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King James Bible 1611



7:1Then Ierubbaal (who is Gideon) and all the people that were with him, rose vp earely, and pitched beside the well of Harod: so that the hoste of the Midianites were on the North side of them by the hill of Moreh, in the valley.
7:2And the Lord said vnto Gideon, The people that are with thee, are too many for me to giue the Midianites into their handes, lest Israel vaunt themselues against mee, saying, Mine owne hand hath saued me.
7:3Now therefore go to, proclaime in the eares of the people, saying, Whosoeuer is fearefull and afraid, let him returne and depart earely from mount Gilead: and there returned of the people twentie and two thousand, & there remained ten thousand.
7:4And the Lord said vnto Gideon, The people are yet too many: bring them downe vnto the water, and I wil trie them for thee there: and it shall bee that of whome I say vnto thee, This shall goe with thee, the same shall goe with thee: and of whomsoeuer I say vnto thee, This shal not goe with thee, the same shall not goe.
7:5So he brought downe the people vnto the water: and the Lord sayd vnto Gideon, Euery one that lappeth of the water with his tongue as a dog lappeth, him shalt thou set by himselfe, likewise euery one that boweth downe vpon his knees to drinke.
7:6And the number of them that lapped putting their hand to their mouth, were three hundred men: but all the rest of the people bowed downe vpon their knees to drinke water.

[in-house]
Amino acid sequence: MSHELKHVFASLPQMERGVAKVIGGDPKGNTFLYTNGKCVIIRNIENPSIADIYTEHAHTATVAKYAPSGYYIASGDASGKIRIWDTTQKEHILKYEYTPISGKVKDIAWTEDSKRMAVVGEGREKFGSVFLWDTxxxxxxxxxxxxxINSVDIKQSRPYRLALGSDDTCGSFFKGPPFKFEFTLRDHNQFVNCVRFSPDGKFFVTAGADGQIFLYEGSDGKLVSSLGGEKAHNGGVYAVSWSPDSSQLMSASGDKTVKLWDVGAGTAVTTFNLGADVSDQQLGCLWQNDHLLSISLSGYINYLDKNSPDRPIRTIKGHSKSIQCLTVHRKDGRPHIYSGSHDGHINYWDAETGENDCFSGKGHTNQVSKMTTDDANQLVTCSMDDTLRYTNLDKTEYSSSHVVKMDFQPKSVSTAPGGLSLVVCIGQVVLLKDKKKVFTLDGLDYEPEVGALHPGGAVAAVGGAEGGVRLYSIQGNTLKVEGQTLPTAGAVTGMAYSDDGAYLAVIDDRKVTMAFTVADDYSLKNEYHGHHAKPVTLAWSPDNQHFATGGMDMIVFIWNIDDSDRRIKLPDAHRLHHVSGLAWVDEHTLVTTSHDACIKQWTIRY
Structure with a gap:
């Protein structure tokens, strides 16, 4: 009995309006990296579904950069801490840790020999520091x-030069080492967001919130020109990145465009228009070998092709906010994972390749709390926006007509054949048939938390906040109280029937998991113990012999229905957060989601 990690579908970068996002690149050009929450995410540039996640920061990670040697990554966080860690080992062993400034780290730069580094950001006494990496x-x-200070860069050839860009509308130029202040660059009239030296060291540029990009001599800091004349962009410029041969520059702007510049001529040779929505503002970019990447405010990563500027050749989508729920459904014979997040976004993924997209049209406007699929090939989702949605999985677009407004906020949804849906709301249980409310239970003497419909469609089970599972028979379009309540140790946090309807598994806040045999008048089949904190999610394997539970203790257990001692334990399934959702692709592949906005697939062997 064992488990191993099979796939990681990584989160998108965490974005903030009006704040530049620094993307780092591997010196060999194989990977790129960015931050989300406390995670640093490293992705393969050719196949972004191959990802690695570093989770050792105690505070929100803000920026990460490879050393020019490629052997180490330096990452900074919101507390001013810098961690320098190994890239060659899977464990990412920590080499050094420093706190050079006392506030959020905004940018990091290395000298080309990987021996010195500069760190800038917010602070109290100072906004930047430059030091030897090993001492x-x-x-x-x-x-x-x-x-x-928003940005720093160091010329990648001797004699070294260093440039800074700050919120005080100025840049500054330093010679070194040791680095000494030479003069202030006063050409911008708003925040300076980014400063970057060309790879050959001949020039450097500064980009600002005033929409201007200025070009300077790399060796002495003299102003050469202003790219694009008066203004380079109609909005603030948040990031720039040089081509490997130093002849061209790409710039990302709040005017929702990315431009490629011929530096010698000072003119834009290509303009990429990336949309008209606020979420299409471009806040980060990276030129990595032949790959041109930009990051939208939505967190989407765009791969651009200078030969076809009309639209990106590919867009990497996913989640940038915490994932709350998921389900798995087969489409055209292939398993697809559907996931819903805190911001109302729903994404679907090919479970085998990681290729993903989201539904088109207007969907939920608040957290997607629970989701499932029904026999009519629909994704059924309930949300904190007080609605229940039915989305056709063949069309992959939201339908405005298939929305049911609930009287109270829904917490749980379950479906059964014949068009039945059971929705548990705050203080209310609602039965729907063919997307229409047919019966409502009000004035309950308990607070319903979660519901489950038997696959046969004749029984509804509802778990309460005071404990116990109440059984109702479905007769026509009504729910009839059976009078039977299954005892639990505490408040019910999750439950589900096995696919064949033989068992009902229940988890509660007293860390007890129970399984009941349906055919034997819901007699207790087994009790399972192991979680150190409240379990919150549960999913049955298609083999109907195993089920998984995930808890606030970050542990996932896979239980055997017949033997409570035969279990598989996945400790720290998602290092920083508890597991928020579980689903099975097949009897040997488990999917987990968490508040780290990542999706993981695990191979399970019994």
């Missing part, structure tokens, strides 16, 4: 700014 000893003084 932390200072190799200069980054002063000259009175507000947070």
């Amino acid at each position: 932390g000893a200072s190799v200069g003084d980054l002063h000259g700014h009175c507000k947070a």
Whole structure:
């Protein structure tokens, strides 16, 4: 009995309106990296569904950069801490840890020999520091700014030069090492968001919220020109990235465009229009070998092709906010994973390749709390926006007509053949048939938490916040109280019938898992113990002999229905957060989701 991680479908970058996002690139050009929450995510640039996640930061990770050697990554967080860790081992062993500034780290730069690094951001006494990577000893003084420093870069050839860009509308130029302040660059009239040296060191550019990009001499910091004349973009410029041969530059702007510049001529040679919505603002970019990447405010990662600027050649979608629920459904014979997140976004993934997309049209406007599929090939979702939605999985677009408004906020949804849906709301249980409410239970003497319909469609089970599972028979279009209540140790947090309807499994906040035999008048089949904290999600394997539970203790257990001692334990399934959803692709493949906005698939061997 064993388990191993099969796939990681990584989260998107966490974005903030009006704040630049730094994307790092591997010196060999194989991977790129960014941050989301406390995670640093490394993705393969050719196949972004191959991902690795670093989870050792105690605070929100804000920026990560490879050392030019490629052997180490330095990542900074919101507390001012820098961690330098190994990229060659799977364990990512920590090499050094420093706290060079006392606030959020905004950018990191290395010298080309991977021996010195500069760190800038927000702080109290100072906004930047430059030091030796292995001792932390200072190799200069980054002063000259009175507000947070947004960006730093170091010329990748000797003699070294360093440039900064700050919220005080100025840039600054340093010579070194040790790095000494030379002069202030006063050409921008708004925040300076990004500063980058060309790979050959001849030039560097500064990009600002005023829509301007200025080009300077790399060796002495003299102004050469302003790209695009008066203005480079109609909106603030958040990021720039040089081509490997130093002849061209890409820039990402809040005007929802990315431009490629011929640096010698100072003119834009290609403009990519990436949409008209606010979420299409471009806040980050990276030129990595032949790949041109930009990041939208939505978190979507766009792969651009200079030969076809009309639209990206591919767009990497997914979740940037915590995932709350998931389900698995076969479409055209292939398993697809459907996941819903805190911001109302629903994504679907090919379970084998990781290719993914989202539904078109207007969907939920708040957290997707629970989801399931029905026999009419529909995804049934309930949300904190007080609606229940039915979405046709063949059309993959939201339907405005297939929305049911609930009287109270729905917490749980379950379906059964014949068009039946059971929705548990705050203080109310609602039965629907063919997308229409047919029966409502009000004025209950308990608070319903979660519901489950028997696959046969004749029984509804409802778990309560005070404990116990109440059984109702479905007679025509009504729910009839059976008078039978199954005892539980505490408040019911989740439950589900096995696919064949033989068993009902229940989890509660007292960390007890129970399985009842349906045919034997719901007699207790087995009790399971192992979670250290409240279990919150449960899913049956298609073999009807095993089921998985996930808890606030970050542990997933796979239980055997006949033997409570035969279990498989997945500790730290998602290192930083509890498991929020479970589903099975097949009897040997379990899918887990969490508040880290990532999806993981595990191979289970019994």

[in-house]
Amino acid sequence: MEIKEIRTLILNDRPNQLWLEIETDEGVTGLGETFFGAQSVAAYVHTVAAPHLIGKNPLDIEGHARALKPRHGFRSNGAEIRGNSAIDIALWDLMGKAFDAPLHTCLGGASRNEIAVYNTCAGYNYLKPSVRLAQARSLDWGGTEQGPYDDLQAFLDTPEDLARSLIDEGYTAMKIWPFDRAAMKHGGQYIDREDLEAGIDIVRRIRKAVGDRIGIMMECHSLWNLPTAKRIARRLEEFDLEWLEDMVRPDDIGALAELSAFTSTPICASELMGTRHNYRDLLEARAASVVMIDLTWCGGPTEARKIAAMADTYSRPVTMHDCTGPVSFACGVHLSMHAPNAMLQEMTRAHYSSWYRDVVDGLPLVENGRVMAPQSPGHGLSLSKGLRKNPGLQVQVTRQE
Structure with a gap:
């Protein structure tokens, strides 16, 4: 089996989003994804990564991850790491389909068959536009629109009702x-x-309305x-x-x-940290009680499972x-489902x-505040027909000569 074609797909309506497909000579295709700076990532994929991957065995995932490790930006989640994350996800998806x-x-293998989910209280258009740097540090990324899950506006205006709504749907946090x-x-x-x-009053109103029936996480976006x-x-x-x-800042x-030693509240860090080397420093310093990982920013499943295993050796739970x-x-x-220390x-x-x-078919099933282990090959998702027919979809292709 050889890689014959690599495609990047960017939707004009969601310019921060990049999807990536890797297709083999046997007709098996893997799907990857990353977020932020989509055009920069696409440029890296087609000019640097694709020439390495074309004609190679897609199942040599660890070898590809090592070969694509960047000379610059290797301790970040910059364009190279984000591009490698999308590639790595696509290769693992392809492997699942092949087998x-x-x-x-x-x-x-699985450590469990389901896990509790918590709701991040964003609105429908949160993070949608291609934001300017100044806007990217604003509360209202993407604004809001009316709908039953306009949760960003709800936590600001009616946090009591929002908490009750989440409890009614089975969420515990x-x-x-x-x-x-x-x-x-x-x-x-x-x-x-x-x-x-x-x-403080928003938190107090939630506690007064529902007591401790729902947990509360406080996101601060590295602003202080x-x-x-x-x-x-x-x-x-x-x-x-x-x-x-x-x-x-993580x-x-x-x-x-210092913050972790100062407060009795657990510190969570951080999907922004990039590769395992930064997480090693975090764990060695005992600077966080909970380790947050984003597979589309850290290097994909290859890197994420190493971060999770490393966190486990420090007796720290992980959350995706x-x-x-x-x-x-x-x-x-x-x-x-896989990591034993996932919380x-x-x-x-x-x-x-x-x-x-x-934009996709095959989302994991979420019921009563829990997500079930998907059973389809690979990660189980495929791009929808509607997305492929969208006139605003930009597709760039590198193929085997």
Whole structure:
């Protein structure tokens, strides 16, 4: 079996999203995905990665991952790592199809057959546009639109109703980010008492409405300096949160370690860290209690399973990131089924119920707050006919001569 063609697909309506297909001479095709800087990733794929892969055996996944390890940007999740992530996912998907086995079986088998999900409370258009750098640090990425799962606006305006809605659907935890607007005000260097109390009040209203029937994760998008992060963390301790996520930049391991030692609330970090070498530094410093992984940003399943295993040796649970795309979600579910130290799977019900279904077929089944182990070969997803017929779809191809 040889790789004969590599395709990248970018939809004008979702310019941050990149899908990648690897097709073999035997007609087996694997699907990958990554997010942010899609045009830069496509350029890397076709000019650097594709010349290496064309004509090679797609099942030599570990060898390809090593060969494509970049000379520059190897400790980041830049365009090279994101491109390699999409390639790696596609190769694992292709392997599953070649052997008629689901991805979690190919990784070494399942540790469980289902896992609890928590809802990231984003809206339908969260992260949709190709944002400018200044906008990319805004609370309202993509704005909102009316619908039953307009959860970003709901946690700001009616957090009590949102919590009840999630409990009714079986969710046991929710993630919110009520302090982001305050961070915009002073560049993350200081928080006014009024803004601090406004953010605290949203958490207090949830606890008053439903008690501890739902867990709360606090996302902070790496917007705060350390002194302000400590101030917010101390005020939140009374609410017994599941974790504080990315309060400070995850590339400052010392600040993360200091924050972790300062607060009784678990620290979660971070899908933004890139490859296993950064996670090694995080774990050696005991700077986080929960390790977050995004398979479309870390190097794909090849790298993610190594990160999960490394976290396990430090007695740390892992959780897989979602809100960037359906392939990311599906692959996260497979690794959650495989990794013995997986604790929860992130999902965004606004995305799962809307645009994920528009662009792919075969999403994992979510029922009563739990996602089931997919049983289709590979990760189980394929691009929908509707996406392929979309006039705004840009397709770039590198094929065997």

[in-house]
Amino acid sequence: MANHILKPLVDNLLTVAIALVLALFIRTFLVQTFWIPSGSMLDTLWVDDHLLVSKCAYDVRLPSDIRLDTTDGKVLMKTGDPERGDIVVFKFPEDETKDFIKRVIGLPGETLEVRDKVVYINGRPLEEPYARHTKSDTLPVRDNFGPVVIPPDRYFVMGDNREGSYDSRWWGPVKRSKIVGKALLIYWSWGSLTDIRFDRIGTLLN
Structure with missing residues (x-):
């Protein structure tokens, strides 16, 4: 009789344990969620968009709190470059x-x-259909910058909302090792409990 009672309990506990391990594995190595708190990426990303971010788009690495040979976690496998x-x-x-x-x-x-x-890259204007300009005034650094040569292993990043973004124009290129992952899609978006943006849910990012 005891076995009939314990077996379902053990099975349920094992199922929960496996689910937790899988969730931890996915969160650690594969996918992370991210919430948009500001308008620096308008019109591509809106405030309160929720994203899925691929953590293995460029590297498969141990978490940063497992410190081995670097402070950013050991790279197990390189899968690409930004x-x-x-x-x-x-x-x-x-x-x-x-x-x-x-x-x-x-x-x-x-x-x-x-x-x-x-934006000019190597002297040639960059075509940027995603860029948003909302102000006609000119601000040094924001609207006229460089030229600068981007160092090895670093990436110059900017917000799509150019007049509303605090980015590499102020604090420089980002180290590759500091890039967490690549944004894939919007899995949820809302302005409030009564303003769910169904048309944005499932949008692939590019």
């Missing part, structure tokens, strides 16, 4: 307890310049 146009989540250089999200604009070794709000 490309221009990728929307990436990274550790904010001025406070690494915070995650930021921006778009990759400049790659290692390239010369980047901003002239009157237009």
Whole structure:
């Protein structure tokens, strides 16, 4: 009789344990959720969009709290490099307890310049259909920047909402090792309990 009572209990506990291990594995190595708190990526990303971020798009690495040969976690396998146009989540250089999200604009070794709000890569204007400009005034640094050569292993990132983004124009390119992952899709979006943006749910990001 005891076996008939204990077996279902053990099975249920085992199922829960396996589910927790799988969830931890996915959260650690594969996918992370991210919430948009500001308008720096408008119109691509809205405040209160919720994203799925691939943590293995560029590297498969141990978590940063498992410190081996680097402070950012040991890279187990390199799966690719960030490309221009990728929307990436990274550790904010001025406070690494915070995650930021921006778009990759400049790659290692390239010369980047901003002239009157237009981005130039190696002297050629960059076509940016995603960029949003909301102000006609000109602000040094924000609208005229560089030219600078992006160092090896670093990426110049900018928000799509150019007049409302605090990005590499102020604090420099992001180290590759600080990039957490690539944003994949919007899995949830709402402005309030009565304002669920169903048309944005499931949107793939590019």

7:7And the Lord said vnto Gideon, By the three hundred men that lapped, will I saue you, and deliuer the Midianites into thine hand: and let all the other people goe euery man vnto his place.
7:8So the people tooke victuals in their hand, and their trumpets: and he sent all the rest of Israel, euery man vnto his tent, and reteined those three hundred men: and the hoste of Midian was beneath him in the valley.
7:9And it came to passe the same night, that the Lord sayd vnto him, Arise, get thee downe vnto the hoste, for I haue deliuered it into thine hand.
7:10But if thou feare to goe downe, goe thou with Phurah thy seruant downe to the hoste.
7:11And thou shalt heare what they say, and afterward shall thine handes be strengthened to goe downe vnto the hoste. Then went hee downe, with Phurah his seruant, vnto the outside of the armed men, that were in the hoste.
7:12And the Midianites, and the Amalekites, and all the children of the East, lay along in the valley like grashoppers for multitude, and their camels were without number, as the sand by the Sea side for multitude.
7:13And when Gideon was come, beholde, there was a man that tolde a dreame vnto his fellow, and sayd, Behold, I dreamed a dreame, and loe, a cake of Barley bread tumbled into the hoste of Midian, and came vnto a tent, and smote it that it fell, and ouerturned it, that the tent lay along.
7:14And his fellow answered, and said, This is nothing els saue the sword of Gideon the sonne of Ioash, a man of Israel: for into his hand hath God deliuered Midian, and all the hoste.
7:15And it was so, when Gideon heard the telling of the dreame, and the interpretation thereof, that hee worshipped, and returned into the host of Israel, and sayd, Arise, for the Lord hath deliuered into your hand the host of Midian.